GUILT WON’T BUY ATTENTION
Paying attention is the essence of playing the piano.
When you see a master pianist’s hands flying over the piano, the artist is paying attention to a myriad of details, muscular, musical and mental.
The piano may be the first place that a child is asked to focus attention in this very intense way. Some kids like it, and are drawn to it, whereas and some kids find it very hard to grasp.
How do you get a child to focus in this way, at the piano specifically?
Many piano teachers have great difficulty answering this question with any other word than “guilt.”
That’s right, piano teachers buy attention with guilt. They make the child feel guilty, most of all, for not practicing as they should, and then for not delivering advancement on the very homework they have not done.
Unless the child is extraordinarily inspired and gifted, it will only take a few weeks of the “guilt” regime before they simply give up on the piano in an emotional sense. It may then take months for them to admit this to you, the parent.
“Piano is too hard, and I’m just stupid.” That’s exactly what I’ve heard kids say. How demoralized do you have to be to utter such a truth?
There is only one way to counteract guilt. Praise.
You’d be surprised how well kids react to praise and a relentlessly positive attitude on the part of the teacher.
The hard part is to make the bar so low that the praise is deserved. This is difficult for most piano teachers because children’s difficulties with utterly basic skills secretly frustrates almost all piano teachers. They wish the child would go faster.
But instead, the piano teacher should be fascinated with what EXACTLY makes that child have difficulty with that particular skill. You, as a teacher, should launch an intelligent, compassionate search for a way to teach that particular child the skill that is needed.
The reason for your patience is that no child seeks out failure at the piano. The piano is often made unattainable to children by the teacher’s pointlessly elevated standards.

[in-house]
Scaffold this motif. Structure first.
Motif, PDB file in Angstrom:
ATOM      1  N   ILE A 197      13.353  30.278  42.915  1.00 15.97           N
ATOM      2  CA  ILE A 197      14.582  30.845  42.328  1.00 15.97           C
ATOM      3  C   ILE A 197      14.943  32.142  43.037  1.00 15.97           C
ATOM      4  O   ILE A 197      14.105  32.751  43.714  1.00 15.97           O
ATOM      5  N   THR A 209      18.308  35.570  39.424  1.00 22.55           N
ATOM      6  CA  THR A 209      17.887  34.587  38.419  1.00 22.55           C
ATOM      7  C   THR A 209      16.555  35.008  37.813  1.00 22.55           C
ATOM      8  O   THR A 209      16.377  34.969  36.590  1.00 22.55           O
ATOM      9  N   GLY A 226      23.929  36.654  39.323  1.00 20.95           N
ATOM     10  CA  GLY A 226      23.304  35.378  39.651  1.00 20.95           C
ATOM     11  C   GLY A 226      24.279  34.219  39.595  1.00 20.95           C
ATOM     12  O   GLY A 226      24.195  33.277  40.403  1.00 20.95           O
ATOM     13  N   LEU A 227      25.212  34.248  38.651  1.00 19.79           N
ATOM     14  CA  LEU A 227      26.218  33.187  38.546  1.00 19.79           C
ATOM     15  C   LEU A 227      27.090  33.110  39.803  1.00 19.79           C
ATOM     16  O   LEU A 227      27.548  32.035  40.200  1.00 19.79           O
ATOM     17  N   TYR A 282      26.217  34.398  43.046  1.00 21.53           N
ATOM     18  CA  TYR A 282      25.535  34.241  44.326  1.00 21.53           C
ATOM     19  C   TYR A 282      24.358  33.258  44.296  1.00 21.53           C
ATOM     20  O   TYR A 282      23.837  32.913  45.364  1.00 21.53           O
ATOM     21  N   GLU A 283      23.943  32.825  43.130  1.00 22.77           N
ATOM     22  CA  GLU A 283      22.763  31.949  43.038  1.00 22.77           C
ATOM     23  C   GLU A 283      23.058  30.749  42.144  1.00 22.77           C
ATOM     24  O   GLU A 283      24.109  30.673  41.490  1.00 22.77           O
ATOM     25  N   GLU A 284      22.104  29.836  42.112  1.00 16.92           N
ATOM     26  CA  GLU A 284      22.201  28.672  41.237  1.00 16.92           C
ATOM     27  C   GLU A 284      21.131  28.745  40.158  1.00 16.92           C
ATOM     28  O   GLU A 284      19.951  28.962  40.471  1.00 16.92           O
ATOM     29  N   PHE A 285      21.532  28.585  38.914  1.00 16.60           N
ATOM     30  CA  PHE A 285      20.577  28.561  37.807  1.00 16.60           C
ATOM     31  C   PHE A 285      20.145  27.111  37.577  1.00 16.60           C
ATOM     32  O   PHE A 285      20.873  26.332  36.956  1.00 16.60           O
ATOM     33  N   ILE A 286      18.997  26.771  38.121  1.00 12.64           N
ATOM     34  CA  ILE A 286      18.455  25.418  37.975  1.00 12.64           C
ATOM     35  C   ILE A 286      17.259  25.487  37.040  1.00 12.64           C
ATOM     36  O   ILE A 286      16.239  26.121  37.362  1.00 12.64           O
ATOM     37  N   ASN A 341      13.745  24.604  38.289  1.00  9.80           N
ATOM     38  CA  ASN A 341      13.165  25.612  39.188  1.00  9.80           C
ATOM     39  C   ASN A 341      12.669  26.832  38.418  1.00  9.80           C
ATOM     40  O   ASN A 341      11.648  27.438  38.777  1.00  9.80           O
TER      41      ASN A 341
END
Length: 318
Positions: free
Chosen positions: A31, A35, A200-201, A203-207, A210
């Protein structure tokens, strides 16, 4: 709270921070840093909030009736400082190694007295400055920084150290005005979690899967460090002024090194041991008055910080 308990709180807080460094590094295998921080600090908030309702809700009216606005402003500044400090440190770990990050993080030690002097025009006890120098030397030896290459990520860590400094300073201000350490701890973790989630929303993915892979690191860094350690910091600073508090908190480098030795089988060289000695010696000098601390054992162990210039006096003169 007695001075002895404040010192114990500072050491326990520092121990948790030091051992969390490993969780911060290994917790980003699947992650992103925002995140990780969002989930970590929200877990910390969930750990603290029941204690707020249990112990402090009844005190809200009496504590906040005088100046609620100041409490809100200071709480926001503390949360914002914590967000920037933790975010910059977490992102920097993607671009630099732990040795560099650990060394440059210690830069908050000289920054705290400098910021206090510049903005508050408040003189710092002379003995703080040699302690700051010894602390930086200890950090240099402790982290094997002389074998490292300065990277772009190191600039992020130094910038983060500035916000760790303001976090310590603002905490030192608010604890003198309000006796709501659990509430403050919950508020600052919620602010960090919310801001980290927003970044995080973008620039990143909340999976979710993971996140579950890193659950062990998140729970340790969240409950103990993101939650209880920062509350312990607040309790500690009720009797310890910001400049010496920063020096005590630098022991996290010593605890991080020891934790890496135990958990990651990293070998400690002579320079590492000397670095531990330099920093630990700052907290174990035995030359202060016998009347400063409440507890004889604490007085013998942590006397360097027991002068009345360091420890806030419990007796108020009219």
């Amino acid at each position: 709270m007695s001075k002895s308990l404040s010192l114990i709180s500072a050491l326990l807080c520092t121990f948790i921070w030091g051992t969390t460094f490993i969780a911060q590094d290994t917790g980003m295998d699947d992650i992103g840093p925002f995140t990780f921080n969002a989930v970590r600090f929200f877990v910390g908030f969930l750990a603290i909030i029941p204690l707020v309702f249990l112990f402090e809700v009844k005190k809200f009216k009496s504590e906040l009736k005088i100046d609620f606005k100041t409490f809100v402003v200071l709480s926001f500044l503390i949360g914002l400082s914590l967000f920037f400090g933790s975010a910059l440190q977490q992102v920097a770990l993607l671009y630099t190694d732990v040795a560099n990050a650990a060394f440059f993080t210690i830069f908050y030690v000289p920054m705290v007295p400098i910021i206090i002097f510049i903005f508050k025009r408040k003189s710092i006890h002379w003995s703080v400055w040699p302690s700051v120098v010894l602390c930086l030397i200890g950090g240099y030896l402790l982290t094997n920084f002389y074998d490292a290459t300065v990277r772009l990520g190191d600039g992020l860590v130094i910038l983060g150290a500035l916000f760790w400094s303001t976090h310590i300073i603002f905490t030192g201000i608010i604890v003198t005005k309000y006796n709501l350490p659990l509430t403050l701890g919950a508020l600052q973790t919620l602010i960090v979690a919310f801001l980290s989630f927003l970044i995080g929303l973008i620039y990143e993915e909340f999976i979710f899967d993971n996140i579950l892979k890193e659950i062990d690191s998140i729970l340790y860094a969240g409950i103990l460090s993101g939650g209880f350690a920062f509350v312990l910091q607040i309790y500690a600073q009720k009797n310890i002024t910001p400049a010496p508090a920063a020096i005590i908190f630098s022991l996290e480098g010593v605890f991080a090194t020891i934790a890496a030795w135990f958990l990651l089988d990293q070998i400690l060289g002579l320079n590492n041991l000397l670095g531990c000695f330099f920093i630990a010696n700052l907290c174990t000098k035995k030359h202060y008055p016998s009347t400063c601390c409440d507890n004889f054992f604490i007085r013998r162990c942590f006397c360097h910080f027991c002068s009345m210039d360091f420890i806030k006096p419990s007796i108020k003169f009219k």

The key element these kids lack is confidence, brought about by constant and repeated failure to scale the teacher’s rigid curriculum.
Begin by evaluating the child’s general motor skill and mental acuity levels. Do they have the following basic skills? Can they…..
Distinguish left from right?
Understand up and down at the keyboard?
Distinguish the fingers from one another?
Demonstrate awareness of the pattern of 2 and 3 in the black keys?
If they do not have these skills, they will be unable to begin to acquire the finer skills that beginning piano requires. You’d be surprised how many young piano teachers fail to make the above observations and launch immediately into reading music.
You need to delay formal study until the above list is, if not mastered, at least broached. If you do not delay, the child may simply not grasp the nature of the “musical task.”
The best course, in the above example, is to use games at the piano to teach the needed skills. This you must do at the child’s pace. The piano is remarkably suited to learning these skills and perceptions (up/down, left/right, etc.)
It’s pointless to rush a child’s perception of anything. You can prepare for it, you can nurture it with hopes for the future, but you cannot rush it. Children have a way of learning things when they are good and ready.
Thus, guilt is really completely unnecessary. If you make a child feel guilty for slow progress, the real reason for the child’s “failure” is the teacher’s ignorance and impatience.
Let me repeat it for the 10,000th time: any child can learn the rudiments of the piano if you go slowly enough and make it enjoyable. No exceptions, even for kids with disabilities, both medically and attitude-wise.
A joyous piano student, regardless of skill level, is the product of a patient and wise piano teacher.
A guilty piano student bears the mark of an impatient teacher.
Copyright 2017 Walden Pond Press